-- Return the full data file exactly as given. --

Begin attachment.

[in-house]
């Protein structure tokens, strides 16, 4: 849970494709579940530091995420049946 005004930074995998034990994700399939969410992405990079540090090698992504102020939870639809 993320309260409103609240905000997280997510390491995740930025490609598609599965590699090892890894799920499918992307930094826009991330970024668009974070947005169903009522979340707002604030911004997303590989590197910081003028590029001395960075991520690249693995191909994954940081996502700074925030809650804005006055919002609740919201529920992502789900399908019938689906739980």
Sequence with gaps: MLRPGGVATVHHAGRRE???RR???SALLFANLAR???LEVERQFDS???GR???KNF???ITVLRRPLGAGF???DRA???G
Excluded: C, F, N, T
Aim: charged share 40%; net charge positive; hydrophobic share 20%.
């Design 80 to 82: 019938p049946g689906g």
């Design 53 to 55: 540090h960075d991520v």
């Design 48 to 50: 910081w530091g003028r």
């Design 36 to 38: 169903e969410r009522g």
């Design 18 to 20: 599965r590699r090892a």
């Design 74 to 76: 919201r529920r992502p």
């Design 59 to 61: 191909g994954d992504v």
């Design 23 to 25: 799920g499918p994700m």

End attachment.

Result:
[in-house]
């Protein structure tokens, strides 16, 4: 849970494709579940530091995420049946 005004930074995998034990994700399939969410992405990079540090090698992504102020939870639809 993320309260409103609240905000997280997510390491995740930025490609598609599965590699090892890894799920499918992307930094826009991330970024668009974070947005169903009522979340707002604030911004997303590989590197910081003028590029001395960075991520690249693995191909994954940081996502700074925030809650804005006055919002609740919201529920992502789900399908019938689906739980």
Sequence with gaps: MLRPGGVATVHHAGRRE???RR???SALLFANLAR???LEVERQFDS???GR???KNF???ITVLRRPLGAGF???DRA???G
Excluded: C, F, N, T
Aim: charged share 40%; net charge positive; hydrophobic share 20%.
């Design 80 to 82: 019938p049946g689906g």
């Design 53 to 55: 540090h960075d991520v």
């Design 48 to 50: 910081w530091g003028r």
């Design 36 to 38: 169903e969410r009522g």
């Design 18 to 20: 599965r590699r090892a």
């Design 74 to 76: 919201r529920r992502p």
């Design 59 to 61: 191909g994954d992504v």
């Design 23 to 25: 799920g499918p994700m």